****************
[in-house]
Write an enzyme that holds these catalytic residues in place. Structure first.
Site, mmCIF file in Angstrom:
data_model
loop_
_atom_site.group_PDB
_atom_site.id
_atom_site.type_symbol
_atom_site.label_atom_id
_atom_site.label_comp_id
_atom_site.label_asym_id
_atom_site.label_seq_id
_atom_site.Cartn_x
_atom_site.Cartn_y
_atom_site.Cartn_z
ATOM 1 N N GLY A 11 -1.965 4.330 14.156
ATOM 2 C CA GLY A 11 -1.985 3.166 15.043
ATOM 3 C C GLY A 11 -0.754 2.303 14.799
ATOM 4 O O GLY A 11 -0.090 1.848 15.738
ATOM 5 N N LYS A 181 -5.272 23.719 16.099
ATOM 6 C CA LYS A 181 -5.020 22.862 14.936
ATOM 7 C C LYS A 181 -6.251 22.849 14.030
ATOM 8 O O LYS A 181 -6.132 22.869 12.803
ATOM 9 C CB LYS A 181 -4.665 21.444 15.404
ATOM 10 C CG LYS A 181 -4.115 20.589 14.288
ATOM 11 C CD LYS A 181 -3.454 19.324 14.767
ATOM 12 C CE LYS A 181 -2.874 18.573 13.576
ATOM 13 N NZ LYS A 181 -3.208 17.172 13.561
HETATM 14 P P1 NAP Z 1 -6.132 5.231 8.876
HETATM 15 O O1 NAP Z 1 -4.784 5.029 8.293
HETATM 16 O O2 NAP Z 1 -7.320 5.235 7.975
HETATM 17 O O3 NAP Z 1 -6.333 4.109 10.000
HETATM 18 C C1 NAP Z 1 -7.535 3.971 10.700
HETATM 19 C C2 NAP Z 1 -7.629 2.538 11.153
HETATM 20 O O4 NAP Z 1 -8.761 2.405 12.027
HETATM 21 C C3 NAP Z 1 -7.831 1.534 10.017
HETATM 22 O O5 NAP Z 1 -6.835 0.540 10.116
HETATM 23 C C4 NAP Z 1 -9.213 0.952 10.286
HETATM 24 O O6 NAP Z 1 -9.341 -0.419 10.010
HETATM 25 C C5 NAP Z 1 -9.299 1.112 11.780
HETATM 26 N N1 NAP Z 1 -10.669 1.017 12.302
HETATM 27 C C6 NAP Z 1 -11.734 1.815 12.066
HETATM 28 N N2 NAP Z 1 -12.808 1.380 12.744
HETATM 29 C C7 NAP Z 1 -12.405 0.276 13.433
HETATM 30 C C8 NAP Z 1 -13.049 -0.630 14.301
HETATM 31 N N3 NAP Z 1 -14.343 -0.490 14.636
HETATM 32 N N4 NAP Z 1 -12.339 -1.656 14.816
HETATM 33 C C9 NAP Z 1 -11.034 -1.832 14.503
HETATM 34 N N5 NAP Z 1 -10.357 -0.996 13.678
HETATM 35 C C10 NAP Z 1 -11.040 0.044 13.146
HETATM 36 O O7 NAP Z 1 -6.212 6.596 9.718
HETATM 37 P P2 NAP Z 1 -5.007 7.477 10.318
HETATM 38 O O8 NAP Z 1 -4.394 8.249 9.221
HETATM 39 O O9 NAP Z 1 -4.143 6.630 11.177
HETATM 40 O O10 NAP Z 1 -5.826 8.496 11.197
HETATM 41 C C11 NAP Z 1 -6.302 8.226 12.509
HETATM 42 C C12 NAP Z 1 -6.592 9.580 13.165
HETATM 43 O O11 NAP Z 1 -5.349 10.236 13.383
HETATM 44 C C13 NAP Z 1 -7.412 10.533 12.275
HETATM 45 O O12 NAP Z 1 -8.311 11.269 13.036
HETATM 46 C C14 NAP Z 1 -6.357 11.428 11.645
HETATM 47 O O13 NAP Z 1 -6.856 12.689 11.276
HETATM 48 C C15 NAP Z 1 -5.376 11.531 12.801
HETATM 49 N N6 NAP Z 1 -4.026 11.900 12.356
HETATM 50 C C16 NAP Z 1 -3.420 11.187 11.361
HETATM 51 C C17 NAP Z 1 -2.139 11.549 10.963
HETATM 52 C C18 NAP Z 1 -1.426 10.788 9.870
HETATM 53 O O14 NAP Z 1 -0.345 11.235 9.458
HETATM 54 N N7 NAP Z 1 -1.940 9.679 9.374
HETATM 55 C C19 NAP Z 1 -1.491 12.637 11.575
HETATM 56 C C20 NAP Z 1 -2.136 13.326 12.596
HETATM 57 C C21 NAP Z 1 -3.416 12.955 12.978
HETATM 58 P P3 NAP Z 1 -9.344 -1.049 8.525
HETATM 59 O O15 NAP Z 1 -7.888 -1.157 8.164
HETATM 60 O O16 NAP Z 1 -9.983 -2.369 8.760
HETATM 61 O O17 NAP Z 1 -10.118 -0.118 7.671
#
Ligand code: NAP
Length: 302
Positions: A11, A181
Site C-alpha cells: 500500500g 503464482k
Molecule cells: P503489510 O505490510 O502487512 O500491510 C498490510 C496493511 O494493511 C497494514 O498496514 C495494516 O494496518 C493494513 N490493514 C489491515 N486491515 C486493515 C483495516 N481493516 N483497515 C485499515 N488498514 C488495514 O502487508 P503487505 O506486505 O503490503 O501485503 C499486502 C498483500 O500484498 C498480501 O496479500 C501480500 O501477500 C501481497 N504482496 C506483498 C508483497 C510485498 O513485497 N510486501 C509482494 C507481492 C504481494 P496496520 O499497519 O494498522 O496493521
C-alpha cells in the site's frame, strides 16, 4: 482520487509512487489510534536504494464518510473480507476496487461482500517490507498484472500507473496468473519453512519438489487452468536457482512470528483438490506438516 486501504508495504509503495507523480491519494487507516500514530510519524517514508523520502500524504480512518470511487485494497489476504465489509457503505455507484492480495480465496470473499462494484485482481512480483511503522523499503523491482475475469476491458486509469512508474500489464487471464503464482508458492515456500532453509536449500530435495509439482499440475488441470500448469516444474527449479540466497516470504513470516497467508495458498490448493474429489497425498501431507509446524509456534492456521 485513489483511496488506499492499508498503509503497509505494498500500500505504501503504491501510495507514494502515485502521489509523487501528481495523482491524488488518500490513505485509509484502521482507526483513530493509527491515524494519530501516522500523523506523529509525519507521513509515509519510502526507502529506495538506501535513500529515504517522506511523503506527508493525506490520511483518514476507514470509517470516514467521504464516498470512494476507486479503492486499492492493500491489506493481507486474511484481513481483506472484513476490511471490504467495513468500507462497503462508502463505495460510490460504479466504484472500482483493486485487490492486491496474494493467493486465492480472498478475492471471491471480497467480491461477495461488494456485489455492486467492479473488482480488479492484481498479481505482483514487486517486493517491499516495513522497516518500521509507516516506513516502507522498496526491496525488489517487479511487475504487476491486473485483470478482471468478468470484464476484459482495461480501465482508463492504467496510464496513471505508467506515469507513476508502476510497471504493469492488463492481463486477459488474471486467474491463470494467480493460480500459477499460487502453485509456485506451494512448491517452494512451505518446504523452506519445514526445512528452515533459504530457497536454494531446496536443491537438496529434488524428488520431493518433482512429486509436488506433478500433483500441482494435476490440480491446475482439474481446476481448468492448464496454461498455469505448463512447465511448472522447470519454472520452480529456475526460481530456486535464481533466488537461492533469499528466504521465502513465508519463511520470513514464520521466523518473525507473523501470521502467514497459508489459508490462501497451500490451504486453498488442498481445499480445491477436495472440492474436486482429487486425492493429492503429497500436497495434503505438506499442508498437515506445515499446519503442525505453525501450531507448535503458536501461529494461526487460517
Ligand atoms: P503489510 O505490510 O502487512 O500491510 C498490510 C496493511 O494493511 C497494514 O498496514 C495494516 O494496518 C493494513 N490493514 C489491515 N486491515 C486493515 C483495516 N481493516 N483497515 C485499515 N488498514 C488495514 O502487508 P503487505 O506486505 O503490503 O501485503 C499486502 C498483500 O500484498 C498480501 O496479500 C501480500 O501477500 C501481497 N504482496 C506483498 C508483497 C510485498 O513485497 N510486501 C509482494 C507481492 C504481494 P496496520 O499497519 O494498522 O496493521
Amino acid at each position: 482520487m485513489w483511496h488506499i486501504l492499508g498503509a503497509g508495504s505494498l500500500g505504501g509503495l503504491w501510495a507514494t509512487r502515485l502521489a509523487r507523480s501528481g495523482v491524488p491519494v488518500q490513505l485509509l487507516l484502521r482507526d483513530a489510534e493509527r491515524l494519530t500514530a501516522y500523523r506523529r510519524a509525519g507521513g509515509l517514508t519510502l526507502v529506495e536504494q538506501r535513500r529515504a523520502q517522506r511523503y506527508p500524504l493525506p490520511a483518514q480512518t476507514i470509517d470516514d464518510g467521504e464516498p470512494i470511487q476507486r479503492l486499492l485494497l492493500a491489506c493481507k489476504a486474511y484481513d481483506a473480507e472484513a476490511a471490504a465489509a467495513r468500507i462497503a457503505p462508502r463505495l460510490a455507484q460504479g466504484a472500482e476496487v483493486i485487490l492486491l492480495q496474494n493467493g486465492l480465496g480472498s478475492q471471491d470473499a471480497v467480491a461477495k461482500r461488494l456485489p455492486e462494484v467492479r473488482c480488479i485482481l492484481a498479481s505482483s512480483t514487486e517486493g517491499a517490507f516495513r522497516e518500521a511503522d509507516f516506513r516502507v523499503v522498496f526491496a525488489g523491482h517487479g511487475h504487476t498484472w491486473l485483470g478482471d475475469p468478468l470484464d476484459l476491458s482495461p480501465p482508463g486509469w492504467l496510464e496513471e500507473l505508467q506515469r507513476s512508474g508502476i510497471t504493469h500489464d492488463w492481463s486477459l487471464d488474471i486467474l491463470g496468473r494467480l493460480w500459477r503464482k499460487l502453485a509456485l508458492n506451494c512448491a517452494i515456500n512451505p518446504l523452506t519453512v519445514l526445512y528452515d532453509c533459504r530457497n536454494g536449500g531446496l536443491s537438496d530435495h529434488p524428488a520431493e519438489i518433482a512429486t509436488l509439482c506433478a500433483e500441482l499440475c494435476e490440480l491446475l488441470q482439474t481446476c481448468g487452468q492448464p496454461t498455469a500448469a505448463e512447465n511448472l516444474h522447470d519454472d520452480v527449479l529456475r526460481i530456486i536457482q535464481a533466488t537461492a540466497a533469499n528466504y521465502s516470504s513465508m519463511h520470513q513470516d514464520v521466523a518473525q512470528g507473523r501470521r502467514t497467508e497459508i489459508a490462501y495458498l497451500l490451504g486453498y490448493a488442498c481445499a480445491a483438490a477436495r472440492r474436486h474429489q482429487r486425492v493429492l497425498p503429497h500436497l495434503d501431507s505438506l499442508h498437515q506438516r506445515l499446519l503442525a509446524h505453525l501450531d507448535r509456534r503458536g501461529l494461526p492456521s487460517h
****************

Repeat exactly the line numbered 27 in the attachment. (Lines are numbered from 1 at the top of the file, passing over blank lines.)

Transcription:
ATOM 12 C CE LYS A 181 -2.874 18.573 13.576